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Cyberattacks Have Gone Way Up Since the Pandemic Started

We’ve been predicting it, and feeling it, but now the numbers are in. Officially, cybersecurity attacks have increased significantly since the start of the COVID-19 crisis – in particular the lockdown.

What Tipped Us Off – It Fits the Patterns of the Cybercriminal Playbook

First, it’s important to understand that cybercriminals are opportunists. If a critical flaw or vulnerability is found in a popular piece of software, they try to take advantage of it before the entire world updates the software. This is called a zero-day attack. 

On the other hand, if they can profit without needing to develop malware or other software (that can take time and money to produce), they will. We see this a lot with phishing attacks. There is nothing revolutionary about a phishing attack. It’s not difficult to spoof an email to try to trick somebody. The fact that it works so well is why it is one of the most prominent and dangerous types of attacks targeting businesses today.

Cybercriminals have been known to take advantage of chaotic situations. Just look at how most phishing attacks work – the messaging sounds urgent, often claiming that if the user doesn’t take action right away, they will lose money or access to their account. A lot of phishing attacks claim that an account is being hacked or compromised, which then leads the user to get tricked, which then leads them to actually get compromised.

Remember when fake antivirus software was a huge emerging problem? Websites would beep at you and pop ups would come up saying that your computer is at risk and viruses were detected on your computer. It would have you install a fake antivirus application that then either demanded money or simply infected your computer even more.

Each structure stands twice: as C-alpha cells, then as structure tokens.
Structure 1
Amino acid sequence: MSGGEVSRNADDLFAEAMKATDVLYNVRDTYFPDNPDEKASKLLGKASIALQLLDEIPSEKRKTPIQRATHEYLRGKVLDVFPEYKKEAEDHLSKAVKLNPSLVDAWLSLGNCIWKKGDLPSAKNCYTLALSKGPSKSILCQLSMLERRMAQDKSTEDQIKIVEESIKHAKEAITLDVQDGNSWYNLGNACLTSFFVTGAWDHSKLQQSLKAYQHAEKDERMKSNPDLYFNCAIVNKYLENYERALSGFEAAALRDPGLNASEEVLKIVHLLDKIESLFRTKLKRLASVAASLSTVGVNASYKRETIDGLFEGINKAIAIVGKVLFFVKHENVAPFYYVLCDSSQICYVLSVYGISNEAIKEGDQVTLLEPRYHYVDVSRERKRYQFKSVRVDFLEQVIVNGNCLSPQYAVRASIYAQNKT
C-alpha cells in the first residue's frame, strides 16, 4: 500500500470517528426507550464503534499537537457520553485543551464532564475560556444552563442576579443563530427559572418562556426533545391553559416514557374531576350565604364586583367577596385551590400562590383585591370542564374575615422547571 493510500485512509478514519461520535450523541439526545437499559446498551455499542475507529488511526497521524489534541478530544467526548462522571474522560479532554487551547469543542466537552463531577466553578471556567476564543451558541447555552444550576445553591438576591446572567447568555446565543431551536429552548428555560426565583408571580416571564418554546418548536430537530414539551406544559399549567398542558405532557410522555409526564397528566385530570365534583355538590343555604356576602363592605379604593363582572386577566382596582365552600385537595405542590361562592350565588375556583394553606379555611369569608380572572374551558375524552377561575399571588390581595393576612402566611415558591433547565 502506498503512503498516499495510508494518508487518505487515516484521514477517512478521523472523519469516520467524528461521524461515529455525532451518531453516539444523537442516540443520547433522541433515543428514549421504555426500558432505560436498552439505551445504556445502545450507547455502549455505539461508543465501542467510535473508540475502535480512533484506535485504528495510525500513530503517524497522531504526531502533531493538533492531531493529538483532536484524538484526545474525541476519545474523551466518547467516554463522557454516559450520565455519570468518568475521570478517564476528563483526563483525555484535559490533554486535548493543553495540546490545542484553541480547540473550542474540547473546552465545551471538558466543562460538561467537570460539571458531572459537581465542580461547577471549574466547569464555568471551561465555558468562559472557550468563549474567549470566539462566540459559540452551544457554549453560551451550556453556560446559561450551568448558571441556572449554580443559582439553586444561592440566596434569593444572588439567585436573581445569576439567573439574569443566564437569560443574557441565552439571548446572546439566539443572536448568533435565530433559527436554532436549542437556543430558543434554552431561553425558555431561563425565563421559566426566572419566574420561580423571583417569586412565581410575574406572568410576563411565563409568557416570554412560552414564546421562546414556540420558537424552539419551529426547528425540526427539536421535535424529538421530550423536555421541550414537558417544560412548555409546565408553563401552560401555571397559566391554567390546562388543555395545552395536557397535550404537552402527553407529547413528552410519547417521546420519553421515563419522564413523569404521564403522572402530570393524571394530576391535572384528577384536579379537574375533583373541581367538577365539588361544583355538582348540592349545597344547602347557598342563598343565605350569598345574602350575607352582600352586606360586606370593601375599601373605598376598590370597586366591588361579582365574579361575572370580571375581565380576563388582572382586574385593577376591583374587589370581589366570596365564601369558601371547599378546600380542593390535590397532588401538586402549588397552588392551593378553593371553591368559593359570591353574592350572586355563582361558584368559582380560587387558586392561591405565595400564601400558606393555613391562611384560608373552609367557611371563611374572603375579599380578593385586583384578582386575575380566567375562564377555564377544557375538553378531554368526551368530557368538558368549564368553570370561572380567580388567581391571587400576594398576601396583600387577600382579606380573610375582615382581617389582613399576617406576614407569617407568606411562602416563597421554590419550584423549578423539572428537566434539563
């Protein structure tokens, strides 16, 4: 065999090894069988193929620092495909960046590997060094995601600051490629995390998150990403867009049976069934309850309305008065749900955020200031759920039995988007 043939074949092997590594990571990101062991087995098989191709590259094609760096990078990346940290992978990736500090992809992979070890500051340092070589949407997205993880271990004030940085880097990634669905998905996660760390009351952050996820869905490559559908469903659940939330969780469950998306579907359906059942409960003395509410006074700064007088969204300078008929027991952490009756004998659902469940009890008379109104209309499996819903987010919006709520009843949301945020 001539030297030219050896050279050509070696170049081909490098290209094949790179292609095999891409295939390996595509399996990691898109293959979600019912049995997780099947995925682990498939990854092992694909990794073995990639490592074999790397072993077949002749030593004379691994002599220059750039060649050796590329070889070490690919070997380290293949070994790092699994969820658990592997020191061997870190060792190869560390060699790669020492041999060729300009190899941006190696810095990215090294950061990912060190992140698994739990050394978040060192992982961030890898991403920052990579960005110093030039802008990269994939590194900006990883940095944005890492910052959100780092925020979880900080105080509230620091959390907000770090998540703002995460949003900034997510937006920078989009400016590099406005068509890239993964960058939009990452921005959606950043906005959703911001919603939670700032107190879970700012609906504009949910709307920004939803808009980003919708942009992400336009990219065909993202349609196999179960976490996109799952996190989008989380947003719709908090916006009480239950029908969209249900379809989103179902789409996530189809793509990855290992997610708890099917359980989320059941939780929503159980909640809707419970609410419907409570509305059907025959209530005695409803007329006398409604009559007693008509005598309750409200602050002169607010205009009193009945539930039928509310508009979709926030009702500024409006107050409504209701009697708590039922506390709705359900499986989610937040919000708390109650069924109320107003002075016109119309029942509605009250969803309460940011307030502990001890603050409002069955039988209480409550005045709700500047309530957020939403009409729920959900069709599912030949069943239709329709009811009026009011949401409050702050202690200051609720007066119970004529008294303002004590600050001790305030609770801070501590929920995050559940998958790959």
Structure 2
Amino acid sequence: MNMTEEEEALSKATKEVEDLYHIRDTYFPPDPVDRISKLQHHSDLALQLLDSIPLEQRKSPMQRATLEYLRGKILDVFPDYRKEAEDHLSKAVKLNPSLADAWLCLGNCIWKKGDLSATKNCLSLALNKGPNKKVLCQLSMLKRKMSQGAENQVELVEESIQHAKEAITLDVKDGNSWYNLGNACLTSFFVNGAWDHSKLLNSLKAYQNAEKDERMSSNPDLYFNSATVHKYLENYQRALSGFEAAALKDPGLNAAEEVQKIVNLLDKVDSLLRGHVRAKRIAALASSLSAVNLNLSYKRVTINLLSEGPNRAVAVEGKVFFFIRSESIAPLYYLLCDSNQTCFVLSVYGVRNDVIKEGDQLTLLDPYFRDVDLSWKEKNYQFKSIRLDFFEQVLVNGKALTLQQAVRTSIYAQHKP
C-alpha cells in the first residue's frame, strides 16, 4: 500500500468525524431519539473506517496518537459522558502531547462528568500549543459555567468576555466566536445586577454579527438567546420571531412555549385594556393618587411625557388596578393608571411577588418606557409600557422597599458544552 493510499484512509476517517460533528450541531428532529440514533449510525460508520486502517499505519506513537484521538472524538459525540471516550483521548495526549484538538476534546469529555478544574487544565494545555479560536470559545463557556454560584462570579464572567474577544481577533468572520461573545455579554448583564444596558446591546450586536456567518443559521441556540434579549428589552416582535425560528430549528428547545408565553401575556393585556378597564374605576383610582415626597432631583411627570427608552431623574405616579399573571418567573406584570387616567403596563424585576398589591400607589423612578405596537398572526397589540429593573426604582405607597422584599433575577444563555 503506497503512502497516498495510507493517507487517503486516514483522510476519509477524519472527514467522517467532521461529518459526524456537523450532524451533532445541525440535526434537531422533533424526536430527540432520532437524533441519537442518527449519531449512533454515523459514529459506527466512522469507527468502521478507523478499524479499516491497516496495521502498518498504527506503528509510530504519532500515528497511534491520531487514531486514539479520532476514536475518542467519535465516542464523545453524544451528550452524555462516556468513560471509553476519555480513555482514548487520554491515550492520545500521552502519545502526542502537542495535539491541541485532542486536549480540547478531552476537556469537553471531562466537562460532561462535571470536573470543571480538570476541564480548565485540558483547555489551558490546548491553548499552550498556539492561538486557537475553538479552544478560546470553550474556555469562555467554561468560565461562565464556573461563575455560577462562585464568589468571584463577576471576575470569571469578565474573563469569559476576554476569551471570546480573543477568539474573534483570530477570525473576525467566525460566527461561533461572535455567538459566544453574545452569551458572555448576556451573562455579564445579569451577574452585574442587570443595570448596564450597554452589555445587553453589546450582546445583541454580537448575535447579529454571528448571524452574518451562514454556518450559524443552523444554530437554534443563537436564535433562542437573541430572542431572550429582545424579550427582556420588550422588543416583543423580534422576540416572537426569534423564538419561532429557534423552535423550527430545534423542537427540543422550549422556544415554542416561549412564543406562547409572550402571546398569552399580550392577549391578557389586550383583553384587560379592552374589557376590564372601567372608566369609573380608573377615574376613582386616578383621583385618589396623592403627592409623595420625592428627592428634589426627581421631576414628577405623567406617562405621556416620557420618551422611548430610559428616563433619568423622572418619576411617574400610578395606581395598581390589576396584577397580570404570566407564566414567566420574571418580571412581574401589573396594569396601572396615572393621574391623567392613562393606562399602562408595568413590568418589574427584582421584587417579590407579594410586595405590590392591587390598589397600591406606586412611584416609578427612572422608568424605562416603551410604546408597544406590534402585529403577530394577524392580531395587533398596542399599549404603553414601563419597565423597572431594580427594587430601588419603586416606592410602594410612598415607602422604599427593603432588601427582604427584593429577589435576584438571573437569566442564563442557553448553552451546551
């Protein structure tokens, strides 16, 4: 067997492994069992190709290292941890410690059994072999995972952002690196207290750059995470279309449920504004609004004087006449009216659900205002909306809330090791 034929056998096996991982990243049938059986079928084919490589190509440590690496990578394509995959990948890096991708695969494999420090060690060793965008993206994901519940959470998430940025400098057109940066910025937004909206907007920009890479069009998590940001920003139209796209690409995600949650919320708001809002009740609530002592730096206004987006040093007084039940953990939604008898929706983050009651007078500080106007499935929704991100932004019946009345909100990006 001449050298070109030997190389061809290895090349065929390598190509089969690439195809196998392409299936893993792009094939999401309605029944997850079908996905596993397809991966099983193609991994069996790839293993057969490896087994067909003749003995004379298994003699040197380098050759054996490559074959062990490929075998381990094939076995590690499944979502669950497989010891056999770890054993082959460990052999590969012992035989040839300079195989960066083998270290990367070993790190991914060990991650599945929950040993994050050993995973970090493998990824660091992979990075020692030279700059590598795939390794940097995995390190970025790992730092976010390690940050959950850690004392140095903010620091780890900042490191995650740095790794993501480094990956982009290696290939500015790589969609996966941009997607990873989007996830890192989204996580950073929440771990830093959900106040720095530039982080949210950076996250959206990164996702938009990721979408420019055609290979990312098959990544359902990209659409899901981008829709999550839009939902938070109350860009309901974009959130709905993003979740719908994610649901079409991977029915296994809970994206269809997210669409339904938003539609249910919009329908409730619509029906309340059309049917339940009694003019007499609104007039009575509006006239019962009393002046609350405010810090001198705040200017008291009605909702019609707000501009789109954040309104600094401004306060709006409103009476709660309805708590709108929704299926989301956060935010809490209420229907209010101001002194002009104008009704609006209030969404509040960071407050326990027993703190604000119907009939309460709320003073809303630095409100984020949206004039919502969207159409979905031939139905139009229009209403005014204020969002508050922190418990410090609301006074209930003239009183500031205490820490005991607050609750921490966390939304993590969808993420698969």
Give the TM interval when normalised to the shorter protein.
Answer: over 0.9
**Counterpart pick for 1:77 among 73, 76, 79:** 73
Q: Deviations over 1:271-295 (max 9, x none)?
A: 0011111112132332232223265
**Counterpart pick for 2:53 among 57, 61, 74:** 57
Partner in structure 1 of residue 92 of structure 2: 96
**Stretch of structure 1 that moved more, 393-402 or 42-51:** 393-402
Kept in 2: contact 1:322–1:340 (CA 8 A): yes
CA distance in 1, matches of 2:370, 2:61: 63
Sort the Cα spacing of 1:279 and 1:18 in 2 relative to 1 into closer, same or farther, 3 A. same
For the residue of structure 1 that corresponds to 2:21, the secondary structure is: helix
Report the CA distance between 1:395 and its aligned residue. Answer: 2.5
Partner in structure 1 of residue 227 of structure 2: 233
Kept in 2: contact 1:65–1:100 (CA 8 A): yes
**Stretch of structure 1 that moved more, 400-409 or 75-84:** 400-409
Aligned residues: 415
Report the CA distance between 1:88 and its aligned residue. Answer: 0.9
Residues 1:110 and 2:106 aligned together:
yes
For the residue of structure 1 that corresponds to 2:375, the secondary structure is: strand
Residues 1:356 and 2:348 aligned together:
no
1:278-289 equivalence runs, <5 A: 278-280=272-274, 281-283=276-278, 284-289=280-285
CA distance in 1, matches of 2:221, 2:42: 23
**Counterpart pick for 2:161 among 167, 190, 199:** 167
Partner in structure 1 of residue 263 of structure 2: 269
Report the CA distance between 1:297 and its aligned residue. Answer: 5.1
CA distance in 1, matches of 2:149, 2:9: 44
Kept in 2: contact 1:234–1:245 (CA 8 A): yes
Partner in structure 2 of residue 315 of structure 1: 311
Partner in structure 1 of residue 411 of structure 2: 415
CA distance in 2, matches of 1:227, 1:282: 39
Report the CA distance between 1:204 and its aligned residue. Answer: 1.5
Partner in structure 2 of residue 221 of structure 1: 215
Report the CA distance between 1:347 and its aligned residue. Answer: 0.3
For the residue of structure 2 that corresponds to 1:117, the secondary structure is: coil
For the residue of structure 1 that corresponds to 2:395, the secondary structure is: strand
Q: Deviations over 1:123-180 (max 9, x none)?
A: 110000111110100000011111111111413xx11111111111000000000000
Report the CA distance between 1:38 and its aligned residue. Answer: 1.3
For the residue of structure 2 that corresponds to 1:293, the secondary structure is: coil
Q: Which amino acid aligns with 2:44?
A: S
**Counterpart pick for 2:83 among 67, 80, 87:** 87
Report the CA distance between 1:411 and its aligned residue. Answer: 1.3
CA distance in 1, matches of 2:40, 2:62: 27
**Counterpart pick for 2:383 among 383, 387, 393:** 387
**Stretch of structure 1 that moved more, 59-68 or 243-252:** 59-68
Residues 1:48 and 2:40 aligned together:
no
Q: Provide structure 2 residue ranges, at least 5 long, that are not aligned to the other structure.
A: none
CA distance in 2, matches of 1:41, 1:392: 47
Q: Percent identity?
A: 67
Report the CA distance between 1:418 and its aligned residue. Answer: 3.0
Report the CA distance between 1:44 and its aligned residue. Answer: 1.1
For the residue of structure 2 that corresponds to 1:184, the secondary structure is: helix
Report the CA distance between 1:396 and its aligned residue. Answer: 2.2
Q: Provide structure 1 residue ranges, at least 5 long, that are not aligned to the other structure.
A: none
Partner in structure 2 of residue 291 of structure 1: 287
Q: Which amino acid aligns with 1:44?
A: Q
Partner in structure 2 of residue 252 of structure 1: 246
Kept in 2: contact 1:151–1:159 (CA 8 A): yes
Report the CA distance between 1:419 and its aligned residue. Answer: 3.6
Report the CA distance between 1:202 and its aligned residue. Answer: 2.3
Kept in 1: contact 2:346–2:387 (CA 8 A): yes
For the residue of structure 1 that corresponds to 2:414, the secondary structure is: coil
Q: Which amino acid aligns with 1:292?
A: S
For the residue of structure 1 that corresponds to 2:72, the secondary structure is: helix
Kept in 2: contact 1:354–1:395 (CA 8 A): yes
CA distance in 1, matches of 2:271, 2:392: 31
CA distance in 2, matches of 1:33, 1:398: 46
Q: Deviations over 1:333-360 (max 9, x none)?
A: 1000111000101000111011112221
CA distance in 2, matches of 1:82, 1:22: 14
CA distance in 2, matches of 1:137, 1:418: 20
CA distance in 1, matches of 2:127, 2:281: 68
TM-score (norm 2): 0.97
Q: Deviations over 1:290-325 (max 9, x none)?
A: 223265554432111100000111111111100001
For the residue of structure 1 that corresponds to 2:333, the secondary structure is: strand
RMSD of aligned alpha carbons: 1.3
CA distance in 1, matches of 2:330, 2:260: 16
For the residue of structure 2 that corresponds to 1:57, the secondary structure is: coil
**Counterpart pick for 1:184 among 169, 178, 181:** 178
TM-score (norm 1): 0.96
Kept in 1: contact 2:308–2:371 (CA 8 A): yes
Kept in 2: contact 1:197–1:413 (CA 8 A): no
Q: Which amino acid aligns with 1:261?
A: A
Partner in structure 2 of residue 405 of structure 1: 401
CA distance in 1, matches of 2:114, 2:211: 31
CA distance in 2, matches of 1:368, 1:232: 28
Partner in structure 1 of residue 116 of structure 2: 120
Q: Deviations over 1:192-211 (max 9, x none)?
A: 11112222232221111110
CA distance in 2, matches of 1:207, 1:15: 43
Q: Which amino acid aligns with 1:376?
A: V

We saw it happen in 2014 with the Ebola crisis. Cybercriminals sent out spam emails offering Ebola virus safety tips that turned out to be malware.

It’s going to be an ongoing trend – when the general public is undergoing an event that causes any kind of anxiety or stress, there will be a cyberthreat to go along with it. It’s a new fact of life, and we all need to live with it, understand it, and not let it trick us.

How Cybercriminals are Exploiting Businesses During the Pandemic

Let’s be honest, we’ve been talking about the COVID-19 pandemic pretty regularly in our blog. The entire world has been talking about it. This has been an event, to say the least. We’ll all be telling our grandkids about that time we all had to stay inside, and how for a while, it was impossible to buy toilet paper. We’ve yet to see how the pandemic ends – we’re still living in it. It’s been stressful. It’s become a political hotpoint. It’s exhausting and we’re all just trying to work through it. For many, the strong threads that keep everything normal and keep us alert and diligent have worn down and frayed a little bit from this whole ordeal.

It’s pretty safe to say that many people have their guard down, when it comes to cybersecurity. They are worried about their jobs, worried about getting a new job, worried about their kids, worried about their parents, worried about the economy. You get the idea.

With all that anxiety, it’s much easier to let your guard down. I’m not just talking about you – reading an article about cybersecurity shows that you are still thinking about it, and we’re really glad. I’m talking about all of your co-workers, all of your employees, and, if your staff is working from home on personal devices, all of their family members.